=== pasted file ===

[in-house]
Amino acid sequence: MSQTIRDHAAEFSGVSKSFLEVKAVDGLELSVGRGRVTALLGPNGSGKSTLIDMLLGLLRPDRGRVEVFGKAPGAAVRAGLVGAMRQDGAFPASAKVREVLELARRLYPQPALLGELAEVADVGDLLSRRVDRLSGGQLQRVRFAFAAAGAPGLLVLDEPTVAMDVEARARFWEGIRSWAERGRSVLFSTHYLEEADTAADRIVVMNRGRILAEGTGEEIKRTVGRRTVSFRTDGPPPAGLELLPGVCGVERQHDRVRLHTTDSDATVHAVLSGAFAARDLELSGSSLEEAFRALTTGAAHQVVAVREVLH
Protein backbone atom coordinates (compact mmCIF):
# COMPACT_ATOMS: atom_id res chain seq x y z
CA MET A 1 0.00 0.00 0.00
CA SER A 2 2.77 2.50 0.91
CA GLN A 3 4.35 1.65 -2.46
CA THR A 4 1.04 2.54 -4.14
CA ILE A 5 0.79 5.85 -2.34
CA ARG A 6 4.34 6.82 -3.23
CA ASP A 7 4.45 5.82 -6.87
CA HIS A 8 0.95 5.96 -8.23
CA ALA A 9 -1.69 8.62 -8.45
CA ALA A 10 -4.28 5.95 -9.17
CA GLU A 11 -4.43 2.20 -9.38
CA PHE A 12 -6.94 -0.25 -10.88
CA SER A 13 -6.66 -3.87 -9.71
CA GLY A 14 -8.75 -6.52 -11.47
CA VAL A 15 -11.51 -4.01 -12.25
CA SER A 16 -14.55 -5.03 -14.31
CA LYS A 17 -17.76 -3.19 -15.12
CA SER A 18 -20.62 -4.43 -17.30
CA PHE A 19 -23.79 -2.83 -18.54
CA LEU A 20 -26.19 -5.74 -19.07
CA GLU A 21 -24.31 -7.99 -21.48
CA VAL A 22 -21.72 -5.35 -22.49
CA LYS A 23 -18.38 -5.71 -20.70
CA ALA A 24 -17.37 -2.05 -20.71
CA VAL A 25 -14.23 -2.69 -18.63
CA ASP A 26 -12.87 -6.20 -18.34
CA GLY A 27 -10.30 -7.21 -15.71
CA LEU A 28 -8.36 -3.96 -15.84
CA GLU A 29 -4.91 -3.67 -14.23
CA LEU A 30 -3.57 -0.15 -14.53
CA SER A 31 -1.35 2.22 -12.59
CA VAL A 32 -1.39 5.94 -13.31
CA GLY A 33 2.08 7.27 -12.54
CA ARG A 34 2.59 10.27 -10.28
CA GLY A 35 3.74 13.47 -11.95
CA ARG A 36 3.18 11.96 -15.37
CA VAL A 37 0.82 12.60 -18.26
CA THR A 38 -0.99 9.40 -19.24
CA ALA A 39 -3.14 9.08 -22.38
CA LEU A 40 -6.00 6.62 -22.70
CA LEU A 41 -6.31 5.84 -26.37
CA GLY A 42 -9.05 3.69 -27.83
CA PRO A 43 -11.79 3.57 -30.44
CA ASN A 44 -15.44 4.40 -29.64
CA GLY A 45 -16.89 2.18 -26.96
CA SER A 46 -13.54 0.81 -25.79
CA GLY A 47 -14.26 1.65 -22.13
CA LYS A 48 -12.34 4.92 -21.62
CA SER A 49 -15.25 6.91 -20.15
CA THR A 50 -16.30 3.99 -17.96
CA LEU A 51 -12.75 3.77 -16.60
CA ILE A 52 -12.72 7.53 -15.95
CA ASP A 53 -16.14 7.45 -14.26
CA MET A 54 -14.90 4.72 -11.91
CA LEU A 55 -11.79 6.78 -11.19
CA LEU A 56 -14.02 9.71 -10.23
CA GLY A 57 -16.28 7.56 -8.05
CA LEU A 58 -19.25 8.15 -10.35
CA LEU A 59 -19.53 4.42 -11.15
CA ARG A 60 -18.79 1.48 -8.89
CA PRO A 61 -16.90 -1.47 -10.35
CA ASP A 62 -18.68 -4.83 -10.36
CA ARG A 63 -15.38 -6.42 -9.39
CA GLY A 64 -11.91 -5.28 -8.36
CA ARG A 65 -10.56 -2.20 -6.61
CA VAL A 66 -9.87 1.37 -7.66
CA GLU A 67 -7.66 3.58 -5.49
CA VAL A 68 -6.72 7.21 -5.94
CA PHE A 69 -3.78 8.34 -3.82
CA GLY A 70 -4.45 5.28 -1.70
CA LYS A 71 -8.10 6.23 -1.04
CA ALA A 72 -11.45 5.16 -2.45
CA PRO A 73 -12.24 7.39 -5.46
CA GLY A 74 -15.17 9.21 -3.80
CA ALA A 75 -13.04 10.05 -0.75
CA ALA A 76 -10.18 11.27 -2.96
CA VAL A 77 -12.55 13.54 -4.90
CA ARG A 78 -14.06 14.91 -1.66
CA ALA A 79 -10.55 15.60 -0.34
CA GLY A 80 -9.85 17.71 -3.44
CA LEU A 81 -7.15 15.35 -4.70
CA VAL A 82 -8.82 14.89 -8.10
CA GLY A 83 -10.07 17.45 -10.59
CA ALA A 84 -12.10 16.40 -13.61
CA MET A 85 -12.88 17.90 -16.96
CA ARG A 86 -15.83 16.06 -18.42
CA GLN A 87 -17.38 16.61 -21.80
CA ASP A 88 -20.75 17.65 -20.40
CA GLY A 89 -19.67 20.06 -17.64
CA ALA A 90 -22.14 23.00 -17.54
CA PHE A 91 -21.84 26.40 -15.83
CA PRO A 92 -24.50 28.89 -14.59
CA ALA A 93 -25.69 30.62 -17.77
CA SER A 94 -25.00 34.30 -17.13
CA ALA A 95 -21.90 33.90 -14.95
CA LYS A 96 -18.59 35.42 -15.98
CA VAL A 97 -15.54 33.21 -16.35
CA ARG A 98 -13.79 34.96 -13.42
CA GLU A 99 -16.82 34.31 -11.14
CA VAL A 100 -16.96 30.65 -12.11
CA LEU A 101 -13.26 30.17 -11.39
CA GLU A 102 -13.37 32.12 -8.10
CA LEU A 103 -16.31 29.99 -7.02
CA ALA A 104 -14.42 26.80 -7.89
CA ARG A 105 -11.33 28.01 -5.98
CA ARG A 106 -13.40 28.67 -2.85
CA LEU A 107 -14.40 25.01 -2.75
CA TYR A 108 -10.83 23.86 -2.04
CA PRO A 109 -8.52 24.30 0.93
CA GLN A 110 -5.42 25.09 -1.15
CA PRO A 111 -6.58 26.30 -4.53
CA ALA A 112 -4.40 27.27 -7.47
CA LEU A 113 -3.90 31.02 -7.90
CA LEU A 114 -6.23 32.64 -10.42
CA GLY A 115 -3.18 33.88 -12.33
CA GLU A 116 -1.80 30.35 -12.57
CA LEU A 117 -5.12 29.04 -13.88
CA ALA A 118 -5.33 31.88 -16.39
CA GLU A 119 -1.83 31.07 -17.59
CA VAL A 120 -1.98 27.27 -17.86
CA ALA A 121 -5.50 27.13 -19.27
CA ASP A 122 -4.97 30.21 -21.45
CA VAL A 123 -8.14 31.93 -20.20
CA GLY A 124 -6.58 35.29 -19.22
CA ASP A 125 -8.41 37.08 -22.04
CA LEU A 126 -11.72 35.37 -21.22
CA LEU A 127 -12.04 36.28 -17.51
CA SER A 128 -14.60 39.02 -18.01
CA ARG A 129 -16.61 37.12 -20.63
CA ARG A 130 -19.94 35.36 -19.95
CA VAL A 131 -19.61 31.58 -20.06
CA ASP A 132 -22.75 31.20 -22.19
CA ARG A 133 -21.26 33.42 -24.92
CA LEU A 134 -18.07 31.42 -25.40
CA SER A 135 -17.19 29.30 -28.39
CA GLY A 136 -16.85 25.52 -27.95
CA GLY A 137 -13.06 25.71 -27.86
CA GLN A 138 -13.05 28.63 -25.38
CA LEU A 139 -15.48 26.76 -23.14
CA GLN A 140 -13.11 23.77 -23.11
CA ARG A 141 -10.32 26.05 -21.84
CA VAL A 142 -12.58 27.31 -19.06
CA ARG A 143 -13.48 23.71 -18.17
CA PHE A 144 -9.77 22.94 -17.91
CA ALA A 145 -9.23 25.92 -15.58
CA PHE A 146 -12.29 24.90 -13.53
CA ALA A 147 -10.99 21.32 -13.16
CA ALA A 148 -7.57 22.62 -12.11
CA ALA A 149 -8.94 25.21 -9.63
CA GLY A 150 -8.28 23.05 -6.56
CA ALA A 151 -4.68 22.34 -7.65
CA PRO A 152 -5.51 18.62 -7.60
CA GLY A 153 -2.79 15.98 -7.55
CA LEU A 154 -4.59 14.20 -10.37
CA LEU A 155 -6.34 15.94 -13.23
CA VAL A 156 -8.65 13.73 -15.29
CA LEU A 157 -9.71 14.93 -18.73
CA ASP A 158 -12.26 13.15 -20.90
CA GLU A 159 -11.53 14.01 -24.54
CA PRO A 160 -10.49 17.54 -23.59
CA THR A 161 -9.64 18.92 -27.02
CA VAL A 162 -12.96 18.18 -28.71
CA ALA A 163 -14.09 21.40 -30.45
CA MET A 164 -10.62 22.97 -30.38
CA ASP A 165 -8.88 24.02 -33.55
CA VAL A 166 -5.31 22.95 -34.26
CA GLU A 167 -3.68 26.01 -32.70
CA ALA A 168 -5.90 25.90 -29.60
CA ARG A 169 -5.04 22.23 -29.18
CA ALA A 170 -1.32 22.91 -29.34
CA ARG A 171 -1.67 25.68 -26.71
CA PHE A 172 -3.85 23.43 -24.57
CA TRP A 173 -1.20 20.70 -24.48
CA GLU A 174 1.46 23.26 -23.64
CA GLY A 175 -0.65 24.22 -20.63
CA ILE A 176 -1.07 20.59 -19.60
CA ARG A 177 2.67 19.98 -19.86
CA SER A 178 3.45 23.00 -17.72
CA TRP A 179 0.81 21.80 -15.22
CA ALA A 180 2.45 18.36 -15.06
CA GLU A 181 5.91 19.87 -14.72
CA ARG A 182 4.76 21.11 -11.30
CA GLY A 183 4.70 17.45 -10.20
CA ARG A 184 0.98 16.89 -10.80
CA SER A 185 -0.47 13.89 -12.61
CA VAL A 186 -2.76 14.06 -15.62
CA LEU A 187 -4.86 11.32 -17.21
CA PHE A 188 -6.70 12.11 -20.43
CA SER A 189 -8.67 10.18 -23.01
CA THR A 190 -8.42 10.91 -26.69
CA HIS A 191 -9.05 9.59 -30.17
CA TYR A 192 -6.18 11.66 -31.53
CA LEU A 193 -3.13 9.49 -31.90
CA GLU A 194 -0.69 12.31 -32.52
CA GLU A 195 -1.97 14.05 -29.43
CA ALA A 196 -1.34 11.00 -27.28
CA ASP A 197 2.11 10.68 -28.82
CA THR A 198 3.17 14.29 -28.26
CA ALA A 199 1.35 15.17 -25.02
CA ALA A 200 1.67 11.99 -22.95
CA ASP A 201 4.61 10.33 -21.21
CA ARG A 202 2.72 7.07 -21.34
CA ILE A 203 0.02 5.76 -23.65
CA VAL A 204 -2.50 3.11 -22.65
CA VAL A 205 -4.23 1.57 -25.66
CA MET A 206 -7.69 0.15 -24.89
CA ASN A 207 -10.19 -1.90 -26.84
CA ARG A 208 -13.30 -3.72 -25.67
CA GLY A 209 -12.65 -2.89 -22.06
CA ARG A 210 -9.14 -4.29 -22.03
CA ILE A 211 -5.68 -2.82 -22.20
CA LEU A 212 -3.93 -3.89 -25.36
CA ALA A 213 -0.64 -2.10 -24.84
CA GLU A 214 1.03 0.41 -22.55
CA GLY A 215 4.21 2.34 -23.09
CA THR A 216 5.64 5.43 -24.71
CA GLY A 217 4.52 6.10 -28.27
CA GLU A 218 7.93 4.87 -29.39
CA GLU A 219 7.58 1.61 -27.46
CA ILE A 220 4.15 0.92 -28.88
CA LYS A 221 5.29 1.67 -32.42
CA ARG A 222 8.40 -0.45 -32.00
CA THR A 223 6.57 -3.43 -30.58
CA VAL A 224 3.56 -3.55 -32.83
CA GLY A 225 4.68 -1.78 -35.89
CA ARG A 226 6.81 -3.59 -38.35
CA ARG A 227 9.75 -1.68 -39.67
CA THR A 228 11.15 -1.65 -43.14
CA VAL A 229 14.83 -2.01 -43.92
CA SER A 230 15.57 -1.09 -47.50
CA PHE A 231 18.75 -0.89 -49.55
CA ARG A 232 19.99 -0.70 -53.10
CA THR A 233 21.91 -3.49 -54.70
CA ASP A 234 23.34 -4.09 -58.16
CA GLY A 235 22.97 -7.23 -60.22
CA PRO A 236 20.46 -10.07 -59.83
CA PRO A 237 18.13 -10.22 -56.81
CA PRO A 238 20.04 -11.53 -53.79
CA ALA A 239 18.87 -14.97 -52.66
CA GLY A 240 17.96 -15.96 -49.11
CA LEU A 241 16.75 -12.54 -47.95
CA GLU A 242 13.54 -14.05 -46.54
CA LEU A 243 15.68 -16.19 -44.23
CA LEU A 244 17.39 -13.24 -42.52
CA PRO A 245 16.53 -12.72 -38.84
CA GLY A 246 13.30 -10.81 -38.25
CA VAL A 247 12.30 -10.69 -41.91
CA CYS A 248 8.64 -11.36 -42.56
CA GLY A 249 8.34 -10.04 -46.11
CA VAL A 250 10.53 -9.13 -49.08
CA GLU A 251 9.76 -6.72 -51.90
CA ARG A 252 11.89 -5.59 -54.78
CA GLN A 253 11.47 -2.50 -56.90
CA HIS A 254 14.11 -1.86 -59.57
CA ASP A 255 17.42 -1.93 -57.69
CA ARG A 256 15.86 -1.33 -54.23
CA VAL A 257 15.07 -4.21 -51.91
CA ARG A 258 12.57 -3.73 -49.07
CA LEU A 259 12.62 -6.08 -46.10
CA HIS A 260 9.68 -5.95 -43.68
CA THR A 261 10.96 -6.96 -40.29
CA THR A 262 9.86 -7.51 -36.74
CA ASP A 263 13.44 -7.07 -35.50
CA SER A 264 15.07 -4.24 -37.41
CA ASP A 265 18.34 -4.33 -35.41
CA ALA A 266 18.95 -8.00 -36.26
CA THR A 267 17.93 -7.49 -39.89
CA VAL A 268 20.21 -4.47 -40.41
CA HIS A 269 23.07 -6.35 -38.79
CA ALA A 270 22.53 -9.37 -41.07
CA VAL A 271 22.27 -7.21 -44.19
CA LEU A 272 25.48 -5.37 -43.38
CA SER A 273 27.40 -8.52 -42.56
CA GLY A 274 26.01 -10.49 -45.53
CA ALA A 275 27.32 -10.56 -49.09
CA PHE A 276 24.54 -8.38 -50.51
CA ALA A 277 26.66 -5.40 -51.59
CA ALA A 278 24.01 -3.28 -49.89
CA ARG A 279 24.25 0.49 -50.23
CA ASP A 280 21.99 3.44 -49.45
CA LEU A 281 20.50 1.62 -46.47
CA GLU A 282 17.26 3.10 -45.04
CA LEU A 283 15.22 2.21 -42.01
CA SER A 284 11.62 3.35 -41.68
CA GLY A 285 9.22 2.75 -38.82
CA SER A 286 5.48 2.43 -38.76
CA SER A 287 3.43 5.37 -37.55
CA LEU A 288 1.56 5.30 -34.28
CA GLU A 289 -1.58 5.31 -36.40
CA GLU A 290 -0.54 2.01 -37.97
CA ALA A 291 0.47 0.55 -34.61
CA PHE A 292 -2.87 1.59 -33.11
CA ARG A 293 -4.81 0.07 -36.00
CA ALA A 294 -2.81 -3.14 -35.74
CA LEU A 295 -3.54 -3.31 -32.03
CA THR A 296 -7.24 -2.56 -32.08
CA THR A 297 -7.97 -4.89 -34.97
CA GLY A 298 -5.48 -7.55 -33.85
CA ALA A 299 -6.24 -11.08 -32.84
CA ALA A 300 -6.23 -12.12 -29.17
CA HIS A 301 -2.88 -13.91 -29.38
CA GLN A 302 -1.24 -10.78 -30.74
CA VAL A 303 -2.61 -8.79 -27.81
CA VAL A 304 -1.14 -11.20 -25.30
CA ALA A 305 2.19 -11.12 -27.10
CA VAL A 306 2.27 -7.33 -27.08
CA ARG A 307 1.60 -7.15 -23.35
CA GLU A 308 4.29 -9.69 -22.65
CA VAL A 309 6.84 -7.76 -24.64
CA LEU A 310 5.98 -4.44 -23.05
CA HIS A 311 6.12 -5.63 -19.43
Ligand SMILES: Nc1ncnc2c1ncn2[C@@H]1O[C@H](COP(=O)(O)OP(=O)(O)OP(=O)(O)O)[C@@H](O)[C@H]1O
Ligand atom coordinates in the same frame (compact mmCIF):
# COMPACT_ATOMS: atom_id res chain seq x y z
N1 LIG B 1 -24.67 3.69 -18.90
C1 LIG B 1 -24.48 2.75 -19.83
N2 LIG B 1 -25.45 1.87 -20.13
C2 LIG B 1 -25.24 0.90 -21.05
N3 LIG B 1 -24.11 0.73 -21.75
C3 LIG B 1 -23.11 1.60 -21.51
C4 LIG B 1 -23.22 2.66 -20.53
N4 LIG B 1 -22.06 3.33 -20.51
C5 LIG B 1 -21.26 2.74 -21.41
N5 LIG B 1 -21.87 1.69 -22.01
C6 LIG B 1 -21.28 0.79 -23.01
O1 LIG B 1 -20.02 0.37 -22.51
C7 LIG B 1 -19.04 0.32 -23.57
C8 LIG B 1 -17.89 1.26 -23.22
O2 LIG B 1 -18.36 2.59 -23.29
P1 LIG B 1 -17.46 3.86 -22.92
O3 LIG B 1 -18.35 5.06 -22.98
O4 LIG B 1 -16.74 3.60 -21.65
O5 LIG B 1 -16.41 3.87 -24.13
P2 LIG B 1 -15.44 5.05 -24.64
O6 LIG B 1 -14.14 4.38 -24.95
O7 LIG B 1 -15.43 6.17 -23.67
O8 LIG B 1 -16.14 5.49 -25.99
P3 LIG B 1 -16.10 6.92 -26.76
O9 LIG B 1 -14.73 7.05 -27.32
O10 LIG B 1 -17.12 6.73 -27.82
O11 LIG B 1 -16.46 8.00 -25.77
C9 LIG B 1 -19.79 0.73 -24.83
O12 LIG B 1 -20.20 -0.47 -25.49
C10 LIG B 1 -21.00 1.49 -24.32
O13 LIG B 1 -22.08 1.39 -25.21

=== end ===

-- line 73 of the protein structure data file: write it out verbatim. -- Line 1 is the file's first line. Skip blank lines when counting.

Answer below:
CA PHE A 69 -3.78 8.34 -3.82